Enel joins the Indian solar gold rush


With British fossil fuel giant BP having committed to invest in Indian renewables, another signal the nation’s solar market is ready to attract big foreign investment has arrived with a statement of intent from Italian utility Enel.

Italy’s biggest power company already owns and operates 172 MW of wind generation capacity in Gujarat and Maharashtra and landed its first solar project in the country with a 300 MW slice of the latest round of the national tender program conducted by the Solar Energy Corporation of India (SECI).

With Spanish developer Solarpack having set a new record low price for Indian solar of Rs2.36/kWh in that procurement exercise, Enel was among five overseas-financed developers to lodge successful bids in a 2 GW tender which set a maximum solar tariff of Rs2.38.

The utility, in which the Italian Ministry of Economy and Finance holds a controlling stake, yesterday announced it has signed a long-term agreement with the state-owned Norwegian Investment Fund (Norfund) to develop more renewables capacity in India.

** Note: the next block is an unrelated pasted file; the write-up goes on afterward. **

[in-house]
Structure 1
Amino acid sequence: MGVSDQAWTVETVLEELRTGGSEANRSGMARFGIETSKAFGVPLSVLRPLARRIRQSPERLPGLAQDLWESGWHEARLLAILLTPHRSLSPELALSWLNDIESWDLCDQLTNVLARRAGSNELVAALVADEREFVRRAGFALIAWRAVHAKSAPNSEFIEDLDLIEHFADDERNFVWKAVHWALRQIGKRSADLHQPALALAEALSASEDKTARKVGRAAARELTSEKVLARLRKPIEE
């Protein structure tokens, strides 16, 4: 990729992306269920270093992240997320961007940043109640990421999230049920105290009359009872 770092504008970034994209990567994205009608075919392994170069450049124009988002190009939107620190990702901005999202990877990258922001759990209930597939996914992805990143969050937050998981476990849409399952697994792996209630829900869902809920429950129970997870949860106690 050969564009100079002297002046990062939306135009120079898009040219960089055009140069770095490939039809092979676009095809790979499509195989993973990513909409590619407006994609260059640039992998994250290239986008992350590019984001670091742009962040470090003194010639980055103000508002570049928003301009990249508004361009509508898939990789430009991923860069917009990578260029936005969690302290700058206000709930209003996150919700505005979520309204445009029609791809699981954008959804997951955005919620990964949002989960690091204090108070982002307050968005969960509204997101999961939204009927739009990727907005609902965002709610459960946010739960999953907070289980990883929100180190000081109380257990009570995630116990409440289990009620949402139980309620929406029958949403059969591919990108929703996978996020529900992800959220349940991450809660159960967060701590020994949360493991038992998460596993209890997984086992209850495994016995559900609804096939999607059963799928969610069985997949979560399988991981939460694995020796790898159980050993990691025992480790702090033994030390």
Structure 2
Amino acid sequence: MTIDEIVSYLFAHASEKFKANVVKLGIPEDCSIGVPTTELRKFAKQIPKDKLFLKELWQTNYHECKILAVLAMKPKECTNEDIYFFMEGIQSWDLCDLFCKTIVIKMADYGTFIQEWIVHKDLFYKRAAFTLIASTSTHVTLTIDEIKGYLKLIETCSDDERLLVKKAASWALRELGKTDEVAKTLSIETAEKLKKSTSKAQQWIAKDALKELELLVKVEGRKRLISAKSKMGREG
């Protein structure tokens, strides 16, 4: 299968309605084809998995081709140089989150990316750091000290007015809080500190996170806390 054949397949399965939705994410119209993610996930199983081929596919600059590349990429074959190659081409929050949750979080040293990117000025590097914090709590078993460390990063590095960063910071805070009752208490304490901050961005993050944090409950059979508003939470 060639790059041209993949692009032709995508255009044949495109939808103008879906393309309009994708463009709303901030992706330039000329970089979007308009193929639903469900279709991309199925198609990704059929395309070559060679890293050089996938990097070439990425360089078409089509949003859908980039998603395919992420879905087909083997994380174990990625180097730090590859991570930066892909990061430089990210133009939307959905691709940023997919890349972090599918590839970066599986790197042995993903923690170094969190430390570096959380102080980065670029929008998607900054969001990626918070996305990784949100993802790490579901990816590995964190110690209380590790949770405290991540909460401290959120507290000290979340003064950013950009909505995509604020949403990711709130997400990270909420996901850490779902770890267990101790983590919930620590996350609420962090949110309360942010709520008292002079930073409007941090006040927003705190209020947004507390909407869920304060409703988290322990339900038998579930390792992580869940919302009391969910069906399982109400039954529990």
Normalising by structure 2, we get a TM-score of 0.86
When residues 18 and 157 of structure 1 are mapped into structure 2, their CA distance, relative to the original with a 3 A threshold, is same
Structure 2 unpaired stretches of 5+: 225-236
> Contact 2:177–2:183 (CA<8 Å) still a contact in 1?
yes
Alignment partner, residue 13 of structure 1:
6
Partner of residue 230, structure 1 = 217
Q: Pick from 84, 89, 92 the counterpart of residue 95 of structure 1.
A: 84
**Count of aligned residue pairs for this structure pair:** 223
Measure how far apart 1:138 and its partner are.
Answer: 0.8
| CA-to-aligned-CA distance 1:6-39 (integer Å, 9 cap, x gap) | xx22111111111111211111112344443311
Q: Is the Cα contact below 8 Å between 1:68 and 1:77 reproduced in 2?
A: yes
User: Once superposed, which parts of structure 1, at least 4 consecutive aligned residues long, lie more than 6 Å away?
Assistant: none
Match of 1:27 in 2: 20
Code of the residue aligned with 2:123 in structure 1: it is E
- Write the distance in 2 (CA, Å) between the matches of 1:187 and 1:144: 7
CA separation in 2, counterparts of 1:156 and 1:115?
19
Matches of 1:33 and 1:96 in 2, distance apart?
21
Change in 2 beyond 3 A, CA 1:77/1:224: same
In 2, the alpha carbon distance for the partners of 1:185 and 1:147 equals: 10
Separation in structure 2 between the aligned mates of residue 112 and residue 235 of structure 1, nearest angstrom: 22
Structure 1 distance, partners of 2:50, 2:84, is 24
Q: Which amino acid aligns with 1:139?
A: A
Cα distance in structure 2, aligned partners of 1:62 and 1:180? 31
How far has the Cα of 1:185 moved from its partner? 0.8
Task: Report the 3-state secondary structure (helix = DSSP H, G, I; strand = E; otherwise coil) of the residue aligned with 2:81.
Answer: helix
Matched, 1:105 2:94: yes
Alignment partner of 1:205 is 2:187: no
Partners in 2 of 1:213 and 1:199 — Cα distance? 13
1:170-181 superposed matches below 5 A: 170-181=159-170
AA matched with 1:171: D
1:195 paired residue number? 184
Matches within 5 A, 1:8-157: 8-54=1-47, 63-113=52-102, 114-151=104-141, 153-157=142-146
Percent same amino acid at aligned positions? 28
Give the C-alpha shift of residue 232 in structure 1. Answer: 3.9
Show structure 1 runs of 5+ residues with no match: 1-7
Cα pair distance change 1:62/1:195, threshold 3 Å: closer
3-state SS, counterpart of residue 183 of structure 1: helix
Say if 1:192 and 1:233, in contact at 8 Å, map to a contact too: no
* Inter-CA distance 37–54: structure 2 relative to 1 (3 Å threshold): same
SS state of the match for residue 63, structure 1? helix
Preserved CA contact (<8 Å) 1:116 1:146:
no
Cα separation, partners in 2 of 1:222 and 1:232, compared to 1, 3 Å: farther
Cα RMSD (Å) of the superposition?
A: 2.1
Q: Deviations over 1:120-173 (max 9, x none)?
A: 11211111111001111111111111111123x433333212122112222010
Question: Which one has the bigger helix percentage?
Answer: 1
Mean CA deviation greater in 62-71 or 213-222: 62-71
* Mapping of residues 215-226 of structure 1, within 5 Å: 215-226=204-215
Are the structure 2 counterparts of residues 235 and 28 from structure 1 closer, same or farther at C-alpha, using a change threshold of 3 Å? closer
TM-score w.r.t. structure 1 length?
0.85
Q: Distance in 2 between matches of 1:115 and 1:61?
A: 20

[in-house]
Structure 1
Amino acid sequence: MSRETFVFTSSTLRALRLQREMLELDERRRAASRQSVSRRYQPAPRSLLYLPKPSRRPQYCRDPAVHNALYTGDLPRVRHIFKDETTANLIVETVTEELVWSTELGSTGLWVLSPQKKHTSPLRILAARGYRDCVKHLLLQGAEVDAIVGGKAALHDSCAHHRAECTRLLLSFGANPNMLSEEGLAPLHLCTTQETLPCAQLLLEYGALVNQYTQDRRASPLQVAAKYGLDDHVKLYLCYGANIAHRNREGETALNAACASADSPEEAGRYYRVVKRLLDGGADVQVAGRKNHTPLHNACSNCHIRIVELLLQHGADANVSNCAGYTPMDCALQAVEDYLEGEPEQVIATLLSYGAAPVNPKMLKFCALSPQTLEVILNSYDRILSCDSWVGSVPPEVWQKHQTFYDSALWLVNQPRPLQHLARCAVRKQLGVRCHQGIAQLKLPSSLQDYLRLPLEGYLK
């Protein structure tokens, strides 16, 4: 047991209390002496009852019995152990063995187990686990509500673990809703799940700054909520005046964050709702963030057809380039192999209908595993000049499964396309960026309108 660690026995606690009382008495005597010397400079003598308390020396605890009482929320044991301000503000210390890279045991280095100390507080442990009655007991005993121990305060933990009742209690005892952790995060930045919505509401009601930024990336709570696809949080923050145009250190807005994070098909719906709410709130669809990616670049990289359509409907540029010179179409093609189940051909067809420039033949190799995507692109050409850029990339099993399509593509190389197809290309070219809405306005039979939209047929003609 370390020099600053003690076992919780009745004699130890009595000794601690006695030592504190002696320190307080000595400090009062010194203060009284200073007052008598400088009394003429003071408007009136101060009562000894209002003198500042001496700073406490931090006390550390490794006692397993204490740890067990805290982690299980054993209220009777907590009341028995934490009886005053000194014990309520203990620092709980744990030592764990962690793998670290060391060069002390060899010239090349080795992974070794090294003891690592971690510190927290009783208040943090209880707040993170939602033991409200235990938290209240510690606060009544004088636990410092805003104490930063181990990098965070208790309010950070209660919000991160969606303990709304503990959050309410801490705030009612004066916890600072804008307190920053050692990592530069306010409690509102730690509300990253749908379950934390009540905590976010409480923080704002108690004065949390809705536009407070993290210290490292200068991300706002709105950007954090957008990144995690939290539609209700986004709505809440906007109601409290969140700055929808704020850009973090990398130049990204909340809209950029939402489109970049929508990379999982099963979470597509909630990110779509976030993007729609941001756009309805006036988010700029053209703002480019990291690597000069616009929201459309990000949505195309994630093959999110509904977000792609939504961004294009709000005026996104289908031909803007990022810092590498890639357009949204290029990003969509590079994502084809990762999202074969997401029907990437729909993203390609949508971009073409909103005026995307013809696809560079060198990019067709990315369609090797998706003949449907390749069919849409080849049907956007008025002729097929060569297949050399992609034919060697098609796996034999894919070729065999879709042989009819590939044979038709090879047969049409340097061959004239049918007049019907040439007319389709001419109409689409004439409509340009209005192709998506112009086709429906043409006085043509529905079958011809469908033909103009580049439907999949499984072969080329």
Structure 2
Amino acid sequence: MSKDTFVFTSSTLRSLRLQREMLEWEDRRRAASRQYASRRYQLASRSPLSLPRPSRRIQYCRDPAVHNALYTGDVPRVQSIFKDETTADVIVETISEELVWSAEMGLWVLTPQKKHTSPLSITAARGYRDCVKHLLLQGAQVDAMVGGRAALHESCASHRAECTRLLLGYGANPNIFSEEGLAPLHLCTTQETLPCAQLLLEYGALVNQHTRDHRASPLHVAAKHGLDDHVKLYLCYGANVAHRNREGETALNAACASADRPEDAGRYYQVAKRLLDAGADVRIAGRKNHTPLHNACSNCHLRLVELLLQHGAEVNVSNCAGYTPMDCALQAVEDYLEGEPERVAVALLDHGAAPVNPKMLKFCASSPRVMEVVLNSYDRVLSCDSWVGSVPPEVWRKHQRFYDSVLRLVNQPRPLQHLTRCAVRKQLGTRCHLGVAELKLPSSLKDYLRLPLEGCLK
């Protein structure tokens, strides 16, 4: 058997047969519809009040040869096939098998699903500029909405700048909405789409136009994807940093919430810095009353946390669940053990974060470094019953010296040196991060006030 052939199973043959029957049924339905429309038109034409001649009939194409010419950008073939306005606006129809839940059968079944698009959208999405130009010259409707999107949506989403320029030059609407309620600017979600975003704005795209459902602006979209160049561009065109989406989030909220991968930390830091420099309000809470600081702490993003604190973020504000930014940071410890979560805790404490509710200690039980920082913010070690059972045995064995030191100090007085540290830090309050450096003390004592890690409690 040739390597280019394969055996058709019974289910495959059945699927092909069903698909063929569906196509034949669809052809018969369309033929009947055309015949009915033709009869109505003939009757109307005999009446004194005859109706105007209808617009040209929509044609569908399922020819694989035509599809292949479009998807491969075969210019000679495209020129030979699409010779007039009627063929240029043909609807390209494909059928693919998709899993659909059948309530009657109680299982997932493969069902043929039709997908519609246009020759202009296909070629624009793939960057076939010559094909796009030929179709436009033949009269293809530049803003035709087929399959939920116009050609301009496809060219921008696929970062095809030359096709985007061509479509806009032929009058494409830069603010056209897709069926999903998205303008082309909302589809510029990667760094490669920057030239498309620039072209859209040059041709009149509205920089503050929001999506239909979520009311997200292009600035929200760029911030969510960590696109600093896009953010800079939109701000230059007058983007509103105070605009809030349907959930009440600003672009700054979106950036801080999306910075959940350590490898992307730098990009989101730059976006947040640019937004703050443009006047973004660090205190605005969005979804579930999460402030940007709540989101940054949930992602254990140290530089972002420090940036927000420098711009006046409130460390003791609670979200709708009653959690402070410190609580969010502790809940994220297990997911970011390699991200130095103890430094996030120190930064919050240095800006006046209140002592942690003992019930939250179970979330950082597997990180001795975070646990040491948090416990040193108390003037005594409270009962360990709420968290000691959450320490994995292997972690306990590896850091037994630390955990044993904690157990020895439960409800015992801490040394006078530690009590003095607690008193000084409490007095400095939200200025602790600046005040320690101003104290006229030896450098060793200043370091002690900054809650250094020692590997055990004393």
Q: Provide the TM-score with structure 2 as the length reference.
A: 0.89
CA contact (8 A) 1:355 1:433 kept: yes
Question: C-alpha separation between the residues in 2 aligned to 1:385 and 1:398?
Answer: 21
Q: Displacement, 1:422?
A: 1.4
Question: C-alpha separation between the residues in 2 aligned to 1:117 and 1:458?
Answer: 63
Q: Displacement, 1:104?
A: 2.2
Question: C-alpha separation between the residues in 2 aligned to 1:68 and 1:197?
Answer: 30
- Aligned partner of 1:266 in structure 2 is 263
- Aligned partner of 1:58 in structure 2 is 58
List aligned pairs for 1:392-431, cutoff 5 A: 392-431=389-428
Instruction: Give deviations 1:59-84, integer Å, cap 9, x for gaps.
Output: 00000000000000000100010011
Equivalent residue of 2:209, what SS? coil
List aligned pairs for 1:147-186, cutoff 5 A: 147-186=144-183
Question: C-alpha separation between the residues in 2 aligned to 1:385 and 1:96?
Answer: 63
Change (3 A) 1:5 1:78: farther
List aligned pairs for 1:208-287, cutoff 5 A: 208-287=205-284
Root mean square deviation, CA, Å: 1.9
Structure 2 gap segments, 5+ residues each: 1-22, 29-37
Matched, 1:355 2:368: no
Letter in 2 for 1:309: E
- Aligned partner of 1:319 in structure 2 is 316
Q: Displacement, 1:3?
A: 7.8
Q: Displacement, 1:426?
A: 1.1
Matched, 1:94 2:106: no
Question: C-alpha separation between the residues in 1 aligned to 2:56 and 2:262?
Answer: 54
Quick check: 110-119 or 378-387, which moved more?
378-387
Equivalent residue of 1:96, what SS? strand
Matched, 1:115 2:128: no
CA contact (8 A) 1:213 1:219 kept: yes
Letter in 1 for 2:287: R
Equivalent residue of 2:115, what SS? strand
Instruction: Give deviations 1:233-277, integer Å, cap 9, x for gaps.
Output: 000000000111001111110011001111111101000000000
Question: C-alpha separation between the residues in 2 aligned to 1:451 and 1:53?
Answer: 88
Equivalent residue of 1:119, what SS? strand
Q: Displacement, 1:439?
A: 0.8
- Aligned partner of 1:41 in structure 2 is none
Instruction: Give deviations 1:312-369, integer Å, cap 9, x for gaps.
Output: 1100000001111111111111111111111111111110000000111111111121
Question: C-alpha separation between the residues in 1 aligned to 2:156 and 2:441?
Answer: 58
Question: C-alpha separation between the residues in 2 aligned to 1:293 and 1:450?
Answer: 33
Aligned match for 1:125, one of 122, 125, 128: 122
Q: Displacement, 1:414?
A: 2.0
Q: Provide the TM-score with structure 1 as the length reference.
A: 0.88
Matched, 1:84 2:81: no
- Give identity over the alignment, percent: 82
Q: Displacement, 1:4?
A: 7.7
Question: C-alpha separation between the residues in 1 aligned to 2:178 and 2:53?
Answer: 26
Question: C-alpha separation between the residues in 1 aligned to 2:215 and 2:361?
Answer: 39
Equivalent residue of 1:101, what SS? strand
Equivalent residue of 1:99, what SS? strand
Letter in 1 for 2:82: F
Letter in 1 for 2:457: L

Under the terms of the agreement, the Enel Green Power India subsidiary of the power company will develop clean energy projects in which Norfund will have the option of investing in return for an equity share. A press release issued by Enel yesterday to announce the arrangement did not set any capacity targets or specify a timeline for the commitment, however.

“This agreement gives us the opportunity to expand and strengthen our presence in India, after recently scoring our first win in a solar tender in the country,” said Antonio Cammisecra, CEO of the utility’s Enel Green Power division. “By joining forces with an important partner such as Norfund, which shares our commitment towards sustainability and decarbonization, we will leverage on our technical expertise to harness the significant renewable growth potential of India, while contributing to the achievement of the country’s sustainable energy targets.”

Historically-low interest rates set by central banks in Europe and the U.S. have been further depressed by the need to drum up investment to aid the recovery from Covid-19 in many nations. With solar developers from France and Germany among the successful bidders in the recent SECI tender – and two of the three Indian bids backed by U.S. private and U.K. public money – it appears the business case for Indian solar may have reached a level sufficient to unlock big volumes of foreign direct investment as the nation chases an increasingly distant-looking 100 GW of solar generation capacity by 2022.

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